"There's more income than we've ever enjoyed, huge amounts come into the game. You'd have thought clubs would have great facilities, prices would be kept low, but we can't get any changes through. And when you speak out against them you get a really hard time."

His willingness to do so endears him to Barnet followers who, apart from an occasional gripe about admission prices or the sale of another striker, appear to be broadly supportive of their chairman. He, in turn, was upset to be asked at a recent supporters' forum if things had improved since he took over, and Kleanthous felt obliged to point out the progress made off the field, if not on it.

"I took over a club nearly £2m in debt, a squad with an average age of 31, no youth set-up, a dilapidated stadium, no assets, no facilities and average support of 1,500," he said. "We didn't meet Conference ground criteria, let alone Football League, and we trained in a park. Yet we endure, thrive and prosper."

In the circumstances, endurance on its own is something to be proud of. Thriving and prospering are a bonus.

PROMOTED VIDEO
Have you tried new the Independent Digital Edition apps?
Caption competition
Caption competition
Latest stories from i100
Have you tried new the Independent Digital Edition apps?

Bleacher Report

Daily Quiz
Independent Dating
and  

By clicking 'Search' you
are agreeing to our
Terms of Use.

Career Services

Day In a Page

Save the tiger: The animals bred for bones on China’s tiger farms

The animals bred for bones on China’s tiger farms

The big cats kept in captivity to perform for paying audiences and then, when dead, their bodies used to fortify wine
A former custard factory, a Midlands bog and a Leeds cemetery all included in top 50 hidden spots in the UK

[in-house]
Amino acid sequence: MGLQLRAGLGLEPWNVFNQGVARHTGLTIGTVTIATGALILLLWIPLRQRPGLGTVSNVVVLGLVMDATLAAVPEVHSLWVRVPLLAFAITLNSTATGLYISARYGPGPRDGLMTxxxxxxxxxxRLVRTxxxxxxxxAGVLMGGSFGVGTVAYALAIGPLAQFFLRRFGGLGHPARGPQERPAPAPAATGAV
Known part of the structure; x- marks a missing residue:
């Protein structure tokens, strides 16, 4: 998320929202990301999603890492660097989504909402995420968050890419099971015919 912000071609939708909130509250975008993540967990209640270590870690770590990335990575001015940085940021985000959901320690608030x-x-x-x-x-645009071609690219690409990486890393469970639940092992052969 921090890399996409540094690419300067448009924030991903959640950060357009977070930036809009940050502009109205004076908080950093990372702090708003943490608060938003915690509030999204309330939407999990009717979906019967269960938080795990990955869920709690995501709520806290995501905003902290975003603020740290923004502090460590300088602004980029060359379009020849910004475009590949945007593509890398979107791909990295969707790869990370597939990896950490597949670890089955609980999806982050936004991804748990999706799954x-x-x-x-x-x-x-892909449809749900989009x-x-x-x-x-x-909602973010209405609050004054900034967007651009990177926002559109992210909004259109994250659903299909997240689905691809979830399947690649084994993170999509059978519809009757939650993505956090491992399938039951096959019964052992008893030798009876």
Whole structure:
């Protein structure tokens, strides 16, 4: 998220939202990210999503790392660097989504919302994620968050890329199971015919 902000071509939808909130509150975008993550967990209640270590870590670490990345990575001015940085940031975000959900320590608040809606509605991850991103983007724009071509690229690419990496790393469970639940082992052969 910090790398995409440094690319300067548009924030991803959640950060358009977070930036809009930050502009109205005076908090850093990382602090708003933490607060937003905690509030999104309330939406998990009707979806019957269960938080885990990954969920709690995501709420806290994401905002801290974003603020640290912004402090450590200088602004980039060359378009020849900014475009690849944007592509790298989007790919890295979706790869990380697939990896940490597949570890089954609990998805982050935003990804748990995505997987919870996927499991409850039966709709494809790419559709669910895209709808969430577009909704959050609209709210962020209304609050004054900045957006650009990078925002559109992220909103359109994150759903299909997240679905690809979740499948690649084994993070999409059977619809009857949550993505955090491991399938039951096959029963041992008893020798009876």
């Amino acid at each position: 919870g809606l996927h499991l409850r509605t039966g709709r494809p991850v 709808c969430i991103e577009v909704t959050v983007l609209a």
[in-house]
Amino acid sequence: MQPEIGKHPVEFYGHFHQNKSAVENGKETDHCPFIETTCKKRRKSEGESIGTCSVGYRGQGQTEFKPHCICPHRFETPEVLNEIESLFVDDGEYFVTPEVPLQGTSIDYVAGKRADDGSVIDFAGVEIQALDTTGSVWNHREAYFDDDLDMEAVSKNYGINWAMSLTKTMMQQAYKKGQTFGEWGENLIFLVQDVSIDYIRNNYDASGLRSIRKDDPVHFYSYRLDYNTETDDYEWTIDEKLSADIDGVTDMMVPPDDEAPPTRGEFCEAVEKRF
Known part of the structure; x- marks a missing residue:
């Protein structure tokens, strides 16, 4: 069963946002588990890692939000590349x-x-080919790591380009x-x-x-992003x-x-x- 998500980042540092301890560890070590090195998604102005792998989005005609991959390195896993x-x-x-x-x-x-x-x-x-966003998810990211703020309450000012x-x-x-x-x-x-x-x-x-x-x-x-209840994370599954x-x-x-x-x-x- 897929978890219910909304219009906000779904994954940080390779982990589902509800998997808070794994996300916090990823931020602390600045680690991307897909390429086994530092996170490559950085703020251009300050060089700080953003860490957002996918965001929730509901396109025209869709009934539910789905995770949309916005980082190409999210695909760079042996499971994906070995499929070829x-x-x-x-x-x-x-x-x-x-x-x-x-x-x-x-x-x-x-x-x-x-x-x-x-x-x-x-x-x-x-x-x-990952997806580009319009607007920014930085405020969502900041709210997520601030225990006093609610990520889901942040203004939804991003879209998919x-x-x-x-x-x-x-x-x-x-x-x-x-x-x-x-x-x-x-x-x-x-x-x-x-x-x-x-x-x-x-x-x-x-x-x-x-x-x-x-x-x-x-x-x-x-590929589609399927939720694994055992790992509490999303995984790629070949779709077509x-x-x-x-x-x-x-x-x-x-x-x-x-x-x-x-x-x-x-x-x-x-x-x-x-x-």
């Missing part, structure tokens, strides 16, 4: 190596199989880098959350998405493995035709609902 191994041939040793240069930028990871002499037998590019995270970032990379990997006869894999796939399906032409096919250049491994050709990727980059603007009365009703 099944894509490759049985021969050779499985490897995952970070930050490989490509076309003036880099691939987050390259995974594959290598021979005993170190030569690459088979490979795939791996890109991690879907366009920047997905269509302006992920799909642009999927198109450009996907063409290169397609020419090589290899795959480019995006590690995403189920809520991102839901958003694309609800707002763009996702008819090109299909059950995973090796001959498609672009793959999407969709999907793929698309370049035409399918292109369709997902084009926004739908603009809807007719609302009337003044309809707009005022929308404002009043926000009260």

A former custard factory, a Midlands bog and a Leeds cemetery

Introducing the top 50 hidden spots in Britain
Ebola epidemic: Plagued by fear

Ebola epidemic: Plagued by fear

How a disease that has claimed fewer than 2,000 victims in its history has earned a place in the darkest corner of the public's imagination
Chris Pratt: From 'Parks and Recreation' to 'Guardians of the Galaxy'

From 'Parks and Recreation' to 'Guardians of the Galaxy'

He was homeless in Hawaii when he got his big break. Now the comic actor Chris Pratt is Hollywood's new favourite action star
How live cinema screenings can boost arts audiences

How live cinema screenings can boost arts audiences

Broadcasting plays and exhibitions to cinemas is a sure-fire box office smash
Shipping container hotels: Pop-up hotels filling a niche

Pop-up hotels filling a niche

Spending the night in a shipping container doesn't sound appealing, but these mobile crash pads are popping up at the summer's biggest events
Native American headdresses are not fashion accessories

Feather dust-up

A Canadian festival has banned Native American headwear. Haven't we been here before?
Boris Johnson's war on diesel

Boris Johnson's war on diesel

11m cars here run on diesel. It's seen as a greener alternative to unleaded petrol. So why is London's mayor on a crusade against the black pump?
5 best waterproof cameras

Splash and flash: 5 best waterproof cameras

Don't let water stop you taking snaps with one of these machines that will take you from the sand to meters deep
Louis van Gaal interview: Manchester United manager discusses tactics and rebuilding after the David Moyes era

Louis van Gaal interview

Manchester United manager discusses tactics and rebuilding after the David Moyes era
Will Gore: The goodwill shown by fans towards Alastair Cook will evaporate rapidly if India win the series

Will Gore: Outside Edge

The goodwill shown by fans towards Alastair Cook will evaporate rapidly if India win the series
The children were playing in the street with toy guns. The air strikes were tragically real

The air strikes were tragically real

The children were playing in the street with toy guns
Boozy, ignorant, intolerant, but very polite – The British, as others see us

Britain as others see us

Boozy, ignorant, intolerant, but very polite
How did our legends really begin?

How did our legends really begin?

Applying the theory of evolution to the world's many mythologies
Watch out: Lambrusco is back on the menu

Lambrusco is back on the menu

Naff Seventies corner-shop staple is this year's Aperol Spritz